A news release we'd like to get someday from the Iowa Department of Natural Resources


November 8, 2019

Iowa DNR investigating discharge and likely fish kill in Gulf of Mexico

RACCOON RIVER WATERSHED – A pipe draining water from a corn field about five miles southeast of Adel in Butler County sent Iowa Department of Natural Resources (IDNR) staff to the farm Saturday to investigate.

Heavy rains in the area led to a large quantity of storm water runoff which was contaminated with high levels of nitrogen and phosphorus. Much of the chemically tainted water was collected by the field's drain tiles and then flowed into an underground pipe that empties into a tributary of the Raccoon River.

Farm operator John Doe tested the water coming out of the pipe and discovered it had very high levels of the two chemicals, known to lower oxygen levels in streams, lakes and the Gulf of Mexico, where the hypoxia has created a so-called "dead zone" where fish and other aquatic animals cannot survive.

The farm owner and his crew worked overnight to cap the drain tile pipe and remove the contaminated water from the creek.

When the IDNR staff arrived Saturday morning, pumping to return the polluted water to the farmer's fields continued, but very little of the contaminated water was able to be recaptured.

Field tests downstream in the Raccoon River showed elevated levels of both nitrogen and phosphorus.

The farm chemical runoff is expected to reach the Gulf of Mexico is about a week and add to the dead zone along the Louisiana coast near the mouth of Mississippi River.

As a result, thousands of fish and shellfish will die and the size of the hypoxia area will expand beyond its current 6,472 square miles, an area larger than the state of Connecticut.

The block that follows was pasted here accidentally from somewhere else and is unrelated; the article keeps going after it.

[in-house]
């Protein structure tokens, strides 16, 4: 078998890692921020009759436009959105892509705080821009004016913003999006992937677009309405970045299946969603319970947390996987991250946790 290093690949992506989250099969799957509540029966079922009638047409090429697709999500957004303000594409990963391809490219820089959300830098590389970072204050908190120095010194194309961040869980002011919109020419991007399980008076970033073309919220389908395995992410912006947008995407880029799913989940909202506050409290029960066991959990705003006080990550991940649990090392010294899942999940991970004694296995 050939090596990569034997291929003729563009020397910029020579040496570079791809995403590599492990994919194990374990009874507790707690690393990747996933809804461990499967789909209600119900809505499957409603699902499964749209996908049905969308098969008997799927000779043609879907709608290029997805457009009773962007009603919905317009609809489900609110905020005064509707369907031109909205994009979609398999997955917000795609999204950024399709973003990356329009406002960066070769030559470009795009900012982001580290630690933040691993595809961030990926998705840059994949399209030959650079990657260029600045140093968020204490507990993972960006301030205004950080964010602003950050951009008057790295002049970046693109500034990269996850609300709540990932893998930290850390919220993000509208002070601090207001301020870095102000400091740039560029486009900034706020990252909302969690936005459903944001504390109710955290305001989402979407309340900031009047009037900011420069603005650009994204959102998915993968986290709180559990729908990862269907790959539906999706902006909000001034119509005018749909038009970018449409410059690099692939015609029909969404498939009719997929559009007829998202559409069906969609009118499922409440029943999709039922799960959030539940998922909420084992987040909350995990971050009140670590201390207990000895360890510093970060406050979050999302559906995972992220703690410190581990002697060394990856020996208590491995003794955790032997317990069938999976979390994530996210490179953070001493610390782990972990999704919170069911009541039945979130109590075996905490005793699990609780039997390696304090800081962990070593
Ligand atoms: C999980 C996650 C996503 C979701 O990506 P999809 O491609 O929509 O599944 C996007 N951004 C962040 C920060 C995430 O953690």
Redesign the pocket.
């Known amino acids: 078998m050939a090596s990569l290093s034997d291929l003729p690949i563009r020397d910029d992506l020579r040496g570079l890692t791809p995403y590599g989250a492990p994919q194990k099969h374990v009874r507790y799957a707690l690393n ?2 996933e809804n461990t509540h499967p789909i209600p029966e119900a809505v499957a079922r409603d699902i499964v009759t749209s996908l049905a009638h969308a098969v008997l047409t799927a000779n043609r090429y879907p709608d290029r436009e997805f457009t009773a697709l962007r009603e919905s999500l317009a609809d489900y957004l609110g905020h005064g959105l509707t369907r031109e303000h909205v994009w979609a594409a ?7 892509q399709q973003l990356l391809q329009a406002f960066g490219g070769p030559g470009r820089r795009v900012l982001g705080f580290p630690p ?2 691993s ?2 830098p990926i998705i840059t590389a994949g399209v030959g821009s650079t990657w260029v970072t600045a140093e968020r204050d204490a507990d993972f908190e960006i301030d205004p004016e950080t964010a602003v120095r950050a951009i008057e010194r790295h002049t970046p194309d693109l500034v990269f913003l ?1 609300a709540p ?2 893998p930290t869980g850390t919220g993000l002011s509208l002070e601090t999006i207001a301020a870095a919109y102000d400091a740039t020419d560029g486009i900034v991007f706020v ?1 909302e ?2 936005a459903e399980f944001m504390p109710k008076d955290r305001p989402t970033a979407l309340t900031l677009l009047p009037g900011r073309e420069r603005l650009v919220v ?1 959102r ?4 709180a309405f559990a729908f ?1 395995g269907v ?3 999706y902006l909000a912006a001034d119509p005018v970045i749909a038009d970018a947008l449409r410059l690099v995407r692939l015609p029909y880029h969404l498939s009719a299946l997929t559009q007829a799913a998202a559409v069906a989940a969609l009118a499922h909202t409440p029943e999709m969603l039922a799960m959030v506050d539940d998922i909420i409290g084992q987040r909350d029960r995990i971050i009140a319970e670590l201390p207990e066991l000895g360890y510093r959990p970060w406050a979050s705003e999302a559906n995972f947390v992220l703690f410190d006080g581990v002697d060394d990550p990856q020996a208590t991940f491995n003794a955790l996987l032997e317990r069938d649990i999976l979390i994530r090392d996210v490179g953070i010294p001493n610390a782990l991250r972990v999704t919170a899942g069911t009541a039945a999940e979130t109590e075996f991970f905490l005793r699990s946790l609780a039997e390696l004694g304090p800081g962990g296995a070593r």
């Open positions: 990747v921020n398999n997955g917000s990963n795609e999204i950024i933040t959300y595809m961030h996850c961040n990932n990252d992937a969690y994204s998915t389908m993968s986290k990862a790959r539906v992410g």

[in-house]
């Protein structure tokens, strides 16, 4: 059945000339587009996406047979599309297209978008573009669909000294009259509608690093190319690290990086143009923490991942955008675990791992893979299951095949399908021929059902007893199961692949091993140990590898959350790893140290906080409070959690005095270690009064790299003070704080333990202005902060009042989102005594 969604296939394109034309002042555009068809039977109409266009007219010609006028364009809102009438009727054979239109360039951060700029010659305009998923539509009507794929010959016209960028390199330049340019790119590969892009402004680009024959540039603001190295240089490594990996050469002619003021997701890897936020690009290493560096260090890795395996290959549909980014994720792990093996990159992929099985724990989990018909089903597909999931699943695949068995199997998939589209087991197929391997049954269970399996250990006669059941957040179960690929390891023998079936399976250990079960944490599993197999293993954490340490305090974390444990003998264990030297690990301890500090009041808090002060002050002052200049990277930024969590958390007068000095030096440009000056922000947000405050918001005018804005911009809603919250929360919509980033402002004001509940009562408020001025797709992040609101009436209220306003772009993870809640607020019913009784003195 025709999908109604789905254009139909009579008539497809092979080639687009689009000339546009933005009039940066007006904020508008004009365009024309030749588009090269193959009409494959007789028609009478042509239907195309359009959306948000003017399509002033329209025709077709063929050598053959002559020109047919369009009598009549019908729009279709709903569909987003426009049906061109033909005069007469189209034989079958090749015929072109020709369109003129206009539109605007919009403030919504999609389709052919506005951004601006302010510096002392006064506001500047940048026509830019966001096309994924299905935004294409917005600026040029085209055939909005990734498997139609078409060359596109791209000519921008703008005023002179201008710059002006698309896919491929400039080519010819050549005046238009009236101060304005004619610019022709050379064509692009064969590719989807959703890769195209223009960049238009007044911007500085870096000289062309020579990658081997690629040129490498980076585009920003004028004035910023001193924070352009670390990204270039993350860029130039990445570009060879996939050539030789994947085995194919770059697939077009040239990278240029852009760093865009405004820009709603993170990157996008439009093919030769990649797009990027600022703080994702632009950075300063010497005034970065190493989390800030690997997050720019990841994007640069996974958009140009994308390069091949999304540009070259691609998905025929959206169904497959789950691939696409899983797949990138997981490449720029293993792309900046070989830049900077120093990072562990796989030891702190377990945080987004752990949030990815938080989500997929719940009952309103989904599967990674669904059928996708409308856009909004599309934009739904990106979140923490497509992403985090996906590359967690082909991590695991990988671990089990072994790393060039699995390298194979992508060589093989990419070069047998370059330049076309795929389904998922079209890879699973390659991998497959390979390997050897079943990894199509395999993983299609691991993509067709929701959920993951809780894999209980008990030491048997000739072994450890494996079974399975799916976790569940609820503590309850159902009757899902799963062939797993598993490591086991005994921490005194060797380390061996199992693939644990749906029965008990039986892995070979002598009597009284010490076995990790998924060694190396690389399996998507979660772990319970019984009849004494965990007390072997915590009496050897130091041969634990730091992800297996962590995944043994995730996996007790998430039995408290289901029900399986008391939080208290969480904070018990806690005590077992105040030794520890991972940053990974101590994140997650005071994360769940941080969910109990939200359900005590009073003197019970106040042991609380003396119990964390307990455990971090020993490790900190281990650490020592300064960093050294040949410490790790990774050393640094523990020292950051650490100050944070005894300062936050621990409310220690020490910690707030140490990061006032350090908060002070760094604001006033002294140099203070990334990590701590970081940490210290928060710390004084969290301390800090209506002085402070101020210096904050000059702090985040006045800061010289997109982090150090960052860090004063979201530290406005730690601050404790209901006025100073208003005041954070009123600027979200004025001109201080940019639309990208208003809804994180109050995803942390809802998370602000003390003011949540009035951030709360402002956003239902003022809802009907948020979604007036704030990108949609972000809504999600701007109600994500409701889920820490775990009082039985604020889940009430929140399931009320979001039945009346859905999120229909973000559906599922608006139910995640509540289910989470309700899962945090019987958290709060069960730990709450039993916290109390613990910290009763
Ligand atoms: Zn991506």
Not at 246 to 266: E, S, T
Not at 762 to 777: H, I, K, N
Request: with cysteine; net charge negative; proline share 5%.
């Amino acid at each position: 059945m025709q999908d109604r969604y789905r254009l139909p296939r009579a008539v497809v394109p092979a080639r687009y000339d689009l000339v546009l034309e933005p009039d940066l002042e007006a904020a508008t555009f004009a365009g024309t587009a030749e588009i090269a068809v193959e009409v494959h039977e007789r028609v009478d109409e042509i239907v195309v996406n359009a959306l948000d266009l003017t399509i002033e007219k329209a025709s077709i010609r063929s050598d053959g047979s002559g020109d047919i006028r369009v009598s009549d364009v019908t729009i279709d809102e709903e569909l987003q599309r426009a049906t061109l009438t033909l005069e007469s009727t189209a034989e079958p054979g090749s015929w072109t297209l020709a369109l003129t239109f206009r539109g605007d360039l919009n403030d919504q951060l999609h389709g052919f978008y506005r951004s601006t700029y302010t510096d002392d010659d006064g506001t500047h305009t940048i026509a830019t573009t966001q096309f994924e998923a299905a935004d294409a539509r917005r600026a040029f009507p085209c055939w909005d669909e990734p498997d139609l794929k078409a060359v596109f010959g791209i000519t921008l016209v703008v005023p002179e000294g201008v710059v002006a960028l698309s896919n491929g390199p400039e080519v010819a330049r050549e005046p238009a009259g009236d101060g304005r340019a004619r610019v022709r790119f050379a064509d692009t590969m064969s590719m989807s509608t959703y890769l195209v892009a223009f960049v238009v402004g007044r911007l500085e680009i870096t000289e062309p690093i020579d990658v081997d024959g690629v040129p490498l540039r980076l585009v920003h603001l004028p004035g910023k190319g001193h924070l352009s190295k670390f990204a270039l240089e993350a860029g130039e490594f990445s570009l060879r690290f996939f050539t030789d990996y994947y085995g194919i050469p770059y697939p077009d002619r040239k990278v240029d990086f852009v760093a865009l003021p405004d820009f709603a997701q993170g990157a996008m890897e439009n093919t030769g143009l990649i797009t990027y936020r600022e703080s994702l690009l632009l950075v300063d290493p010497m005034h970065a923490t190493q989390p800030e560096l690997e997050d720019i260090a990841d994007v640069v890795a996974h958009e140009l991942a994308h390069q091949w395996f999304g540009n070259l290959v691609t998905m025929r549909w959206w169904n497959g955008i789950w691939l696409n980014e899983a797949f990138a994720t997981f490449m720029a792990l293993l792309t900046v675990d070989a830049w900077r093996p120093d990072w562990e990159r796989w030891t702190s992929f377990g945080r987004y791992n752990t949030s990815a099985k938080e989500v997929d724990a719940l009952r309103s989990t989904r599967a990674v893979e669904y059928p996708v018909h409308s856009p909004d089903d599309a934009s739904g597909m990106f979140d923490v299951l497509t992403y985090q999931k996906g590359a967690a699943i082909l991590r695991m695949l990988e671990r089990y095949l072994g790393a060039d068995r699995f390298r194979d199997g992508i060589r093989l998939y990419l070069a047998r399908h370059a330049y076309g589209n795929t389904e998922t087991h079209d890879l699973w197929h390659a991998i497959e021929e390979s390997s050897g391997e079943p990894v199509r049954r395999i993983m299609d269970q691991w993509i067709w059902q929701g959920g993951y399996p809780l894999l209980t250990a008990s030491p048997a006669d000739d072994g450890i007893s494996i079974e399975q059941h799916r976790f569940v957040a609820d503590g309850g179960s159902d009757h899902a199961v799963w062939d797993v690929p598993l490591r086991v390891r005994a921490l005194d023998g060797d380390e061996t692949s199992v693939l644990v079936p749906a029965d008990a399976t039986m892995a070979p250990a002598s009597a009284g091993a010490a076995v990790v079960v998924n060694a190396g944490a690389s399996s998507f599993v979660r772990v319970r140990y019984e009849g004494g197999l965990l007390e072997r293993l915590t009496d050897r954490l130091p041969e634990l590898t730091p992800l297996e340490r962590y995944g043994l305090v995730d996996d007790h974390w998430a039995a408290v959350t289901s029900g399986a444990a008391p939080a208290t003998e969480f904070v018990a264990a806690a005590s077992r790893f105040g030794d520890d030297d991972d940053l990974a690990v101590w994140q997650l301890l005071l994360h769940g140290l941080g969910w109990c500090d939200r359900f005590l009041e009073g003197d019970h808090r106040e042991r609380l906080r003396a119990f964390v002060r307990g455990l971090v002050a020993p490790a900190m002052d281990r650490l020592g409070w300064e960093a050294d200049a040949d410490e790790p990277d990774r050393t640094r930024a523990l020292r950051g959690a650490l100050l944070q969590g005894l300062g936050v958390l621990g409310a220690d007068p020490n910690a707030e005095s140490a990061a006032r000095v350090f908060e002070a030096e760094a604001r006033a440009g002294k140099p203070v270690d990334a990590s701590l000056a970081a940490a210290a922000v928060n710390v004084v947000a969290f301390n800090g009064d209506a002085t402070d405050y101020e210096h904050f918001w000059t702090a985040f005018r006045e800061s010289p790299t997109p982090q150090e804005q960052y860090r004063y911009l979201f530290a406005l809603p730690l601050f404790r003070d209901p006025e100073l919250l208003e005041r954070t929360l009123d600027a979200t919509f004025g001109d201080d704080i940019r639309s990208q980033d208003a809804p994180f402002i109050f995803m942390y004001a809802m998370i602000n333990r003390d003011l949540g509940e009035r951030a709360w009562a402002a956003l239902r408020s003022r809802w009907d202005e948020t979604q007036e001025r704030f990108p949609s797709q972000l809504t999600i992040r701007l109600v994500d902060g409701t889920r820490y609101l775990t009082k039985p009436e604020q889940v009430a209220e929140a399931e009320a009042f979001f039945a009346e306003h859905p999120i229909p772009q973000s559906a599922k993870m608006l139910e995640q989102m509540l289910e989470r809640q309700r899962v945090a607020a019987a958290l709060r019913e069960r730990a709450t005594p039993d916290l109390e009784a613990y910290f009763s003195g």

The DNR will continue to monitor stream cleanup and will consider appropriate enforcement action. 


And now, back to reality.

According to the U.S. Geological Survey (USGS) findings, Iowa is among nine states contributing over 70 percent of the dead zone-causing nitrogen and phosphorus pollutants. The nine states are: Illinois, Iowa, Indiana, Missouri, Arkansas, Kentucky, Tennessee, Ohio, and Mississippi.

The USGS also found that 42 of the top 150 watersheds most responsible for the dead zone pollution are in Iowa.

From the recently released 2017 Report to Congress by the Mississippi River/Gulf of Mexico Watershed Nutrient Task Force:

"In 2015, this monitoring documented that the midsummer area extent of the 2015 hypoxic zone was 6,474 square miles (NOAA 2015). That size is larger than the long-term average of 5,240 square miles as well as the average over the last five years of 5,415 square miles.

"It is still much larger than the Hypoxia Task Force coastal goal of 1,931 square miles, indicating that nutrients from the Mississippi River watershed are continuing to affect the nation’s coastal resources and habitats in the Gulf. The observed dead zone area was larger than the predicted June forecast range of 4,633 square miles to 5,985 square miles (NOAA and USGS 2015).

Researchers suggest that heavy rains in June and high river discharges in July may provide an explanation for the larger zone measurement."

CLICK HERE to download the full Hypoxia Task Force report to Congress.

Greg Gackle is editor of bettendorf.com and president/principal of GAH, Inc. He worked in newspapers and corporate communications before opening his own communications firm. He can be reached at ggackle@gmail.com

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